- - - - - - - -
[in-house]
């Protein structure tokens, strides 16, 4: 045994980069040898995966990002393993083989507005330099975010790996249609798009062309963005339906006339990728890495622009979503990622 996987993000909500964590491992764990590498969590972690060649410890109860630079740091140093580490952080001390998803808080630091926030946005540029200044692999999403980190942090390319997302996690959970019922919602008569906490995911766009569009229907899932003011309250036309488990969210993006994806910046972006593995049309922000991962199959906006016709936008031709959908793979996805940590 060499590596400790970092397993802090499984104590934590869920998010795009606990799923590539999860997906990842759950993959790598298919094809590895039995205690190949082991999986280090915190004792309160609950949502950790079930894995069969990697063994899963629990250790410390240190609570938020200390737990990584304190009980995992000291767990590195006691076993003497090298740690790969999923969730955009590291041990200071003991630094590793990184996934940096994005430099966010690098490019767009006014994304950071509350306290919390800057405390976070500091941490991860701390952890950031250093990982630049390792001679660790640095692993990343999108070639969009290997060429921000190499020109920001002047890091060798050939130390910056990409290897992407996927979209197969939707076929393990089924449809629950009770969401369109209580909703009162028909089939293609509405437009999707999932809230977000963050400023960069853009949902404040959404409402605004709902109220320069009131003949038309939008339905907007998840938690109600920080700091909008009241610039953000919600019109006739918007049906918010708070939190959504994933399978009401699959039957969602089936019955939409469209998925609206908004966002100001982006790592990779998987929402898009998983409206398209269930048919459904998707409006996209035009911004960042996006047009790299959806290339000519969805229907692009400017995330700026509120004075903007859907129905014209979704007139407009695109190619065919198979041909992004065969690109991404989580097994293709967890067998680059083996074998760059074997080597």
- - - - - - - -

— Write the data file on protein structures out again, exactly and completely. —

[in-house]
């Protein structure tokens, strides 16, 4: 045994980069040898995966990002393993083989507005330099975010790996249609798009062309963005339906006339990728890495622009979503990622 996987993000909500964590491992764990590498969590972690060649410890109860630079740091140093580490952080001390998803808080630091926030946005540029200044692999999403980190942090390319997302996690959970019922919602008569906490995911766009569009229907899932003011309250036309488990969210993006994806910046972006593995049309922000991962199959906006016709936008031709959908793979996805940590 060499590596400790970092397993802090499984104590934590869920998010795009606990799923590539999860997906990842759950993959790598298919094809590895039995205690190949082991999986280090915190004792309160609950949502950790079930894995069969990697063994899963629990250790410390240190609570938020200390737990990584304190009980995992000291767990590195006691076993003497090298740690790969999923969730955009590291041990200071003991630094590793990184996934940096994005430099966010690098490019767009006014994304950071509350306290919390800057405390976070500091941490991860701390952890950031250093990982630049390792001679660790640095692993990343999108070639969009290997060429921000190499020109920001002047890091060798050939130390910056990409290897992407996927979209197969939707076929393990089924449809629950009770969401369109209580909703009162028909089939293609509405437009999707999932809230977000963050400023960069853009949902404040959404409402605004709902109220320069009131003949038309939008339905907007998840938690109600920080700091909008009241610039953000919600019109006739918007049906918010708070939190959504994933399978009401699959039957969602089936019955939409469209998925609206908004966002100001982006790592990779998987929402898009998983409206398209269930048919459904998707409006996209035009911004960042996006047009790299959806290339000519969805229907692009400017995330700026509120004075903007859907129905014209979704007139407009695109190619065919198979041909992004065969690109991404989580097994293709967890067998680059083996074998760059074997080597």